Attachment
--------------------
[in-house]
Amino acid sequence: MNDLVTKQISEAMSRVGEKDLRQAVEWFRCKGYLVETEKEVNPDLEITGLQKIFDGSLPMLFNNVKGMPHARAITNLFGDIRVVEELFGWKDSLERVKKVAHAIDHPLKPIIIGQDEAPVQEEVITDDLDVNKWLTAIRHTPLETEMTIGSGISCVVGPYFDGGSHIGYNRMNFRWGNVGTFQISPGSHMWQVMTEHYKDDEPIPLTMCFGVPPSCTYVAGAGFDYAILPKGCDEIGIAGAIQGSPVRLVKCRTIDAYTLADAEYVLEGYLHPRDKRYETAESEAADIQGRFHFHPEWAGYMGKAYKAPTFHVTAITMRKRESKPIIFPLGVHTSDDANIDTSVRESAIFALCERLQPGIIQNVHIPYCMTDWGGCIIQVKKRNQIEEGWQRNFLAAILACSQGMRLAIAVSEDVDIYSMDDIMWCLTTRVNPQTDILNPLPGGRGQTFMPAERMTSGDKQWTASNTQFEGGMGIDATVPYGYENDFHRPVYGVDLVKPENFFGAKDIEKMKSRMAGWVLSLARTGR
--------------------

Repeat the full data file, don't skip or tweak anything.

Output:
[in-house]
Amino acid sequence: MNDLVTKQISEAMSRVGEKDLRQAVEWFRCKGYLVETEKEVNPDLEITGLQKIFDGSLPMLFNNVKGMPHARAITNLFGDIRVVEELFGWKDSLERVKKVAHAIDHPLKPIIIGQDEAPVQEEVITDDLDVNKWLTAIRHTPLETEMTIGSGISCVVGPYFDGGSHIGYNRMNFRWGNVGTFQISPGSHMWQVMTEHYKDDEPIPLTMCFGVPPSCTYVAGAGFDYAILPKGCDEIGIAGAIQGSPVRLVKCRTIDAYTLADAEYVLEGYLHPRDKRYETAESEAADIQGRFHFHPEWAGYMGKAYKAPTFHVTAITMRKRESKPIIFPLGVHTSDDANIDTSVRESAIFALCERLQPGIIQNVHIPYCMTDWGGCIIQVKKRNQIEEGWQRNFLAAILACSQGMRLAIAVSEDVDIYSMDDIMWCLTTRVNPQTDILNPLPGGRGQTFMPAERMTSGDKQWTASNTQFEGGMGIDATVPYGYENDFHRPVYGVDLVKPENFFGAKDIEKMKSRMAGWVLSLARTGR